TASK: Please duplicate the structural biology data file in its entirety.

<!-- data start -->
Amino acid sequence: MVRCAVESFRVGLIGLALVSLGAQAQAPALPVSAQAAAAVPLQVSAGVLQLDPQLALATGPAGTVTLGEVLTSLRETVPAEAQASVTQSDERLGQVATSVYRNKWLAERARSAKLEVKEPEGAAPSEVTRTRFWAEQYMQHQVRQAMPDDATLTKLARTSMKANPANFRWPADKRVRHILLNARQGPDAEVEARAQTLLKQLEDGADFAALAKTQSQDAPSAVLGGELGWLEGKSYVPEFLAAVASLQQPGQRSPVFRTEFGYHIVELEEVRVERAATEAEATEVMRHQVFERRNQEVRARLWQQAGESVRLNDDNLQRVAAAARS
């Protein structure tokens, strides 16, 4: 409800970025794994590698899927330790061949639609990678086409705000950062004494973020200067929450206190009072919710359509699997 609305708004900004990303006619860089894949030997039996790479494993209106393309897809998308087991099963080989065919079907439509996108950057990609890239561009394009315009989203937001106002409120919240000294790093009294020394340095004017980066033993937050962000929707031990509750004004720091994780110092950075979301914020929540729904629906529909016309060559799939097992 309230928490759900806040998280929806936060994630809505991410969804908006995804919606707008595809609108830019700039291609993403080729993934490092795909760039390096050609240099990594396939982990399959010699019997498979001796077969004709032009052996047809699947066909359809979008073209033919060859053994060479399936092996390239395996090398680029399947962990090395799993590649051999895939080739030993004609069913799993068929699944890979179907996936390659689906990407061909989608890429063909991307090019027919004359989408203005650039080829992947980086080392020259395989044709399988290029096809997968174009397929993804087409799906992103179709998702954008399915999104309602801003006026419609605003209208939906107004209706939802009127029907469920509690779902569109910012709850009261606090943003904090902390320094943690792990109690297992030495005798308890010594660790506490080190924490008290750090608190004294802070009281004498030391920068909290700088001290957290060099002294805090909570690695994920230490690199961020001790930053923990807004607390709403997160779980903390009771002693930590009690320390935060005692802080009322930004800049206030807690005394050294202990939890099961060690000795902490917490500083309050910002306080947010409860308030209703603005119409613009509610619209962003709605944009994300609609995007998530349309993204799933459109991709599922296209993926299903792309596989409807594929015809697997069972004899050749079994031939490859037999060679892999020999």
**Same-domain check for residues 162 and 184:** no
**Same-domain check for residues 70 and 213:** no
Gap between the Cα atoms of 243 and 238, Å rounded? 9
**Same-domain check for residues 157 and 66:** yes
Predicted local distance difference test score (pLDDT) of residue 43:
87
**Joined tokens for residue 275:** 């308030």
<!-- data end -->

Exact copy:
Amino acid sequence: MVRCAVESFRVGLIGLALVSLGAQAQAPALPVSAQAAAAVPLQVSAGVLQLDPQLALATGPAGTVTLGEVLTSLRETVPAEAQASVTQSDERLGQVATSVYRNKWLAERARSAKLEVKEPEGAAPSEVTRTRFWAEQYMQHQVRQAMPDDATLTKLARTSMKANPANFRWPADKRVRHILLNARQGPDAEVEARAQTLLKQLEDGADFAALAKTQSQDAPSAVLGGELGWLEGKSYVPEFLAAVASLQQPGQRSPVFRTEFGYHIVELEEVRVERAATEAEATEVMRHQVFERRNQEVRARLWQQAGESVRLNDDNLQRVAAAARS
């Protein structure tokens, strides 16, 4: 409800970025794994590698899927330790061949639609990678086409705000950062004494973020200067929450206190009072919710359509699997 609305708004900004990303006619860089894949030997039996790479494993209106393309897809998308087991099963080989065919079907439509996108950057990609890239561009394009315009989203937001106002409120919240000294790093009294020394340095004017980066033993937050962000929707031990509750004004720091994780110092950075979301914020929540729904629906529909016309060559799939097992 309230928490759900806040998280929806936060994630809505991410969804908006995804919606707008595809609108830019700039291609993403080729993934490092795909760039390096050609240099990594396939982990399959010699019997498979001796077969004709032009052996047809699947066909359809979008073209033919060859053994060479399936092996390239395996090398680029399947962990090395799993590649051999895939080739030993004609069913799993068929699944890979179907996936390659689906990407061909989608890429063909991307090019027919004359989408203005650039080829992947980086080392020259395989044709399988290029096809997968174009397929993804087409799906992103179709998702954008399915999104309602801003006026419609605003209208939906107004209706939802009127029907469920509690779902569109910012709850009261606090943003904090902390320094943690792990109690297992030495005798308890010594660790506490080190924490008290750090608190004294802070009281004498030391920068909290700088001290957290060099002294805090909570690695994920230490690199961020001790930053923990807004607390709403997160779980903390009771002693930590009690320390935060005692802080009322930004800049206030807690005394050294202990939890099961060690000795902490917490500083309050910002306080947010409860308030209703603005119409613009509610619209962003709605944009994300609609995007998530349309993204799933459109991709599922296209993926299903792309596989409807594929015809697997069972004899050749079994031939490859037999060679892999020999």
**Same-domain check for residues 162 and 184:** no
**Same-domain check for residues 70 and 213:** no
Gap between the Cα atoms of 243 and 238, Å rounded? 9
**Same-domain check for residues 157 and 66:** yes
Predicted local distance difference test score (pLDDT) of residue 43:
87
**Joined tokens for residue 275:** 């308030």